Thursday, December 15, 2016

The Deep South and My Misconceptions

The Deep South Has Four Seasons...

Yeah, I know. I was wrong. I had often thought until coming here that the "deep South" meant that it was always hot and humid. For most people, of course, that sounds naive, but until I actually started visiting Louisiana, Mississippi, etc. I was too lazy to give that concept much thought. But here it is six days before winter, and I can tell you that it's colder here in Columbus, Mississippi, than it is in Las Cruces, New Mexico, and it's going to get colder. I also never thought about just how far north Columbus, Mississippi, was in relation to Las Cruces, which is in southern New Mexico. Columbus, Mississippi, is actually on a line just below Albuquerque, New Mexico, almost two hundred miles north of Las Cruces. If your mind's eye is failing you in visualizing this, here's a map I've fixed up for the visualization:

As you can see, Columbus, Mississippi is actually above Dallas, Texas. Yes, it doesn't look like it on this map, but I-20 runs through Dal/Worth, TX, Shreveport, LA, and Jackson, MS, and then you have to drive northeast up to Columbus, Mississippi almost 150 miles from Jackson.

Winter Storm in Mississippi
I just did not realize that all of Mississippi was above much of Texas. The saving aspect of my winter realization that it's cold in my area of Mississippi is that it doesn't snow much. But ice storms are not out of the question since Mississippi gets a lot of rain in the winter!

I've had eye-opening realizations about other things about Mississippi, but especially Columbus, where I now live, concerning the weather, the sky at night and during the day. I thought that because Mississippi had a lot of humidity (compared to the desert) that the night sky would be obscured by a kind of hazy aspect. But I can see the same constellations here that I was able to see in Las Cruces, and most times the humidity isn't a factor. We get clear, crystal-blue skies in Mississippi, too, which delights me, since that's one thing I miss about living in the desert.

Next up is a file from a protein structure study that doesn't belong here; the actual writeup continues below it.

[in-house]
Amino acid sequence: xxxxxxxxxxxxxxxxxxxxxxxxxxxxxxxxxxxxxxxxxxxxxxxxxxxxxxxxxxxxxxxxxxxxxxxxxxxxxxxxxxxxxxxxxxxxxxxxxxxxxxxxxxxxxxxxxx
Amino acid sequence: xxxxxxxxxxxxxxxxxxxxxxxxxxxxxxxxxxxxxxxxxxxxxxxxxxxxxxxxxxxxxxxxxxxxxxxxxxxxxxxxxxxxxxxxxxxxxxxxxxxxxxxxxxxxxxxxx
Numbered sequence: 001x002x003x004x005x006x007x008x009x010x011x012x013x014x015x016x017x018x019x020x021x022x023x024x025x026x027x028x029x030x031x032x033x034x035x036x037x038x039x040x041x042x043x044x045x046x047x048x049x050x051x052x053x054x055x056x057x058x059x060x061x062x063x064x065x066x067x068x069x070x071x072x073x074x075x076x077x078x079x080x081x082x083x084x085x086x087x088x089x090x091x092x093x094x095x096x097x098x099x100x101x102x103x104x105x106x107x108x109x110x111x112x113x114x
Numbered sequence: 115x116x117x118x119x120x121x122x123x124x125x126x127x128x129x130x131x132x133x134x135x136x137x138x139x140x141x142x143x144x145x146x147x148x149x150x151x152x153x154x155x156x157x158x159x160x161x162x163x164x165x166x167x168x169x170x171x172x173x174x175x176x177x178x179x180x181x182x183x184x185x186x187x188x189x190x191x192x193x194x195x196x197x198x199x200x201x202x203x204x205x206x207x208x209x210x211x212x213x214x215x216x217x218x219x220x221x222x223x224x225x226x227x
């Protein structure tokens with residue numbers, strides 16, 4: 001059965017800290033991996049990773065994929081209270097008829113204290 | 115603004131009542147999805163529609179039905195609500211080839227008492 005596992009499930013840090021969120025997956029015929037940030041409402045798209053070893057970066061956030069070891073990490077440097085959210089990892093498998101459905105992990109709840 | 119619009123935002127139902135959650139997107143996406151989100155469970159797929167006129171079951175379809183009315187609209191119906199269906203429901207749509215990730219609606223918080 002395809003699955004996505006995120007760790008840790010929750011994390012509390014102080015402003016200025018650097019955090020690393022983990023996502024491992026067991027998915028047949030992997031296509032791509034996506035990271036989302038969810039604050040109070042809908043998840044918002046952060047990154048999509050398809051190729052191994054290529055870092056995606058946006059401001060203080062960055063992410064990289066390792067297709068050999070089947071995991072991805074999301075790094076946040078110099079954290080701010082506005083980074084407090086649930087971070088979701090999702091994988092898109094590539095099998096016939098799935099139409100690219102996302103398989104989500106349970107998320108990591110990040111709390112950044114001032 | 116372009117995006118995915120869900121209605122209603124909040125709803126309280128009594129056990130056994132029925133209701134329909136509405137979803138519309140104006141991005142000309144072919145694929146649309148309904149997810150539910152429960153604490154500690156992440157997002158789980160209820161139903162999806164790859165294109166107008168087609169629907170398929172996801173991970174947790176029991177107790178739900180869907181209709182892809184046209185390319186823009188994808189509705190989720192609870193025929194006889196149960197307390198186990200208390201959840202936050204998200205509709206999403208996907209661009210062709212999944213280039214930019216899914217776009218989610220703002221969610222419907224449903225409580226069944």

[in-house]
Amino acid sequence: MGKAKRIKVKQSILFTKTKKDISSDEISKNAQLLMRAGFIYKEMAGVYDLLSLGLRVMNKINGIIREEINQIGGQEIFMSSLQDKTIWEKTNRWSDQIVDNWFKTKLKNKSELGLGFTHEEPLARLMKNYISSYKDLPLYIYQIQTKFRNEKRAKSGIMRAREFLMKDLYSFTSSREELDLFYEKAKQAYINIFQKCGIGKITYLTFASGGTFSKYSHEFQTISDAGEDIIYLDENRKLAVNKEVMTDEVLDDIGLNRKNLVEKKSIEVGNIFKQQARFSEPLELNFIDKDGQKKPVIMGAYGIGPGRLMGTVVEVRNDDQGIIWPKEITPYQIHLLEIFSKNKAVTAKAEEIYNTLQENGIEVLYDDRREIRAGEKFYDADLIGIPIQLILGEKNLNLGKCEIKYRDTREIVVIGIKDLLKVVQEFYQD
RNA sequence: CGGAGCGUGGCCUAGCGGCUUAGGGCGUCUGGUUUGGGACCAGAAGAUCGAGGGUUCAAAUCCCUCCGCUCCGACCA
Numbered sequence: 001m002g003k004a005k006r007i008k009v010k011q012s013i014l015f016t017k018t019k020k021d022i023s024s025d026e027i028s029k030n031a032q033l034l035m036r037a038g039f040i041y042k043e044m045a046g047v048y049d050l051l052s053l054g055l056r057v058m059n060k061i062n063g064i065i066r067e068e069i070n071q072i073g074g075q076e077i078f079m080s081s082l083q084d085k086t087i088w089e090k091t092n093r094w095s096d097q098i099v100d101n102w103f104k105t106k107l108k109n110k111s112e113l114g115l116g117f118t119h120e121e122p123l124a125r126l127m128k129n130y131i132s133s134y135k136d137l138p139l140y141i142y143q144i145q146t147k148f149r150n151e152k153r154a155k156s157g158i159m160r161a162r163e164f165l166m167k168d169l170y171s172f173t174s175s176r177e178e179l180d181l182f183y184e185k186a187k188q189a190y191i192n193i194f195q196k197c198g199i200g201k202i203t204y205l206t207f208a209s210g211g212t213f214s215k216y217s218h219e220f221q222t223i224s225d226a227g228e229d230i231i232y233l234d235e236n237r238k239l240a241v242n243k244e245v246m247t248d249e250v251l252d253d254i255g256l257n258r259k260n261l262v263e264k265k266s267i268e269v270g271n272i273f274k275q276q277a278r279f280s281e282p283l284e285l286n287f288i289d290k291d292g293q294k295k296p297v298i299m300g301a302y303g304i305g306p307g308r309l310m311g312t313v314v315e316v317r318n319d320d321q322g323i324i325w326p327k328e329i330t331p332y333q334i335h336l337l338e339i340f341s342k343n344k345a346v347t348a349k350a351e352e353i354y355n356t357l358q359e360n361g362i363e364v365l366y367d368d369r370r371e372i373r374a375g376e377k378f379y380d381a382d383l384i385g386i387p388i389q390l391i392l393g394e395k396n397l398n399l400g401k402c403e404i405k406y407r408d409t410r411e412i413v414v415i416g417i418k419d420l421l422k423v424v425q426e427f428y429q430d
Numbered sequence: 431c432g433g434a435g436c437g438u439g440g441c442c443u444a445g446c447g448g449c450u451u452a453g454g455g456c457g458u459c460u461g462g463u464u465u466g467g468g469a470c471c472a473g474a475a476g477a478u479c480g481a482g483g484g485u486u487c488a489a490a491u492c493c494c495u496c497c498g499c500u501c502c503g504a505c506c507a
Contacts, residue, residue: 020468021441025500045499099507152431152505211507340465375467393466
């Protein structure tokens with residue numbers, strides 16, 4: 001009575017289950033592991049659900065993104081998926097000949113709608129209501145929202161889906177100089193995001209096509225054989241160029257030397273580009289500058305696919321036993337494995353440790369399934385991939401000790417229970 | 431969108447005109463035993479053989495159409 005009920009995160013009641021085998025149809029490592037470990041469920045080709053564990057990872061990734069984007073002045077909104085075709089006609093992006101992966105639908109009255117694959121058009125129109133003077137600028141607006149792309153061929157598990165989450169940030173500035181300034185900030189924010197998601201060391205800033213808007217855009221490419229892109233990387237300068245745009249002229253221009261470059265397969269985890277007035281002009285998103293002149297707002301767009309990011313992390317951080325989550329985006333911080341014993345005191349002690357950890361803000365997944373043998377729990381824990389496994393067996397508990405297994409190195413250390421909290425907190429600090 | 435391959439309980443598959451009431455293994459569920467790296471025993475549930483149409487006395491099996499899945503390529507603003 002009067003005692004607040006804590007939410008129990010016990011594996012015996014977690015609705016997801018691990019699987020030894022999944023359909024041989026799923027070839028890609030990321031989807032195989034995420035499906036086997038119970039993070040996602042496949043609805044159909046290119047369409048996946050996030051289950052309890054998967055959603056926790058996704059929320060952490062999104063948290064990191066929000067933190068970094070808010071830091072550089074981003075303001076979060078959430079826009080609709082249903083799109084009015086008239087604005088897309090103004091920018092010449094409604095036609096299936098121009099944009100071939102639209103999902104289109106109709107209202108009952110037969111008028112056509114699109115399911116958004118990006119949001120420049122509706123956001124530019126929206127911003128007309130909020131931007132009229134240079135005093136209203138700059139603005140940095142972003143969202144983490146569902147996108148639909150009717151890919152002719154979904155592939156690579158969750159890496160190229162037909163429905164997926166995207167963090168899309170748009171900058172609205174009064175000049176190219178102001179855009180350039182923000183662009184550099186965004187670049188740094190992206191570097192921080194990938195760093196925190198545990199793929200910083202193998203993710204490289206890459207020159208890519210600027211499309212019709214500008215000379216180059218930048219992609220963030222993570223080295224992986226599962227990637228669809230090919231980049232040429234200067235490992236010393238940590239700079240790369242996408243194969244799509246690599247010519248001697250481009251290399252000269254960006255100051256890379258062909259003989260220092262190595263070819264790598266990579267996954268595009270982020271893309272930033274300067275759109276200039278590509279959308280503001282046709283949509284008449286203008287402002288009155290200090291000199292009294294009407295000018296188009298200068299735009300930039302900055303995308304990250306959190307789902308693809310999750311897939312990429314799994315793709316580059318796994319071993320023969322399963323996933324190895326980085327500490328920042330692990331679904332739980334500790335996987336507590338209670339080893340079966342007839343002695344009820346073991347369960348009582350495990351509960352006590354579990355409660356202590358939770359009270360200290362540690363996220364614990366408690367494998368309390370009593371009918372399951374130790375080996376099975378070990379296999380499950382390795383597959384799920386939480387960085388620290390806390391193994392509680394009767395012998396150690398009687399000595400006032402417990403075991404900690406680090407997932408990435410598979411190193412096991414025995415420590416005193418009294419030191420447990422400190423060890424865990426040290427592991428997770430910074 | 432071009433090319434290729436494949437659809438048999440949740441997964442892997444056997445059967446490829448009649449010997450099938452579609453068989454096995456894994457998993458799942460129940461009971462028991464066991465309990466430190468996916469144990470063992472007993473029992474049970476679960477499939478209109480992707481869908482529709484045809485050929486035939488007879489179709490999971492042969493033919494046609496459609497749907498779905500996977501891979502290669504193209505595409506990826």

Until moving to Mississippi, I really had no
idea that there would be beautiful skies like this.
While this next picture is from the Mississippi delta on the western side of Mississippi from Columbus, I've been delighted to see this kind of sky with puffy clouds and clear blue sky. But with the advent of winter here, my first time living through this season, I'm afraid I will miss the desert of New Mexico off and on. I won't be spending Christmas with Cliff, nor his parents, nor friends and family in Las Cruces. 2016 is turning out to be a year of firsts. The first time in 25 years that Cliff and I have lived apart, purchasing my first house—ever—and a whole lot of other things. I also think that maybe Christmas will be melancholy for me this year, although I've never celebrated Christmas with any sort of real enthusiasm. At Thanksgiving this year, I ate dinner by myself at Ryan's all-you-can-eat buffet. I won't be going there for Christmas dinner, though. I think I'll join others at either Waffle House or Huddle House, and get into the spirit of being among others who have to work or who have no real place to go on Christmas. I'm bound to be able to wring something of meaning and substance from that experience. I'm not one to feel sorry for myself. But this year, Christmas will just be "another day".

Maybe my state of mind this winter will sound something like this: Johnny Winter playing Leland Mississippi blues.

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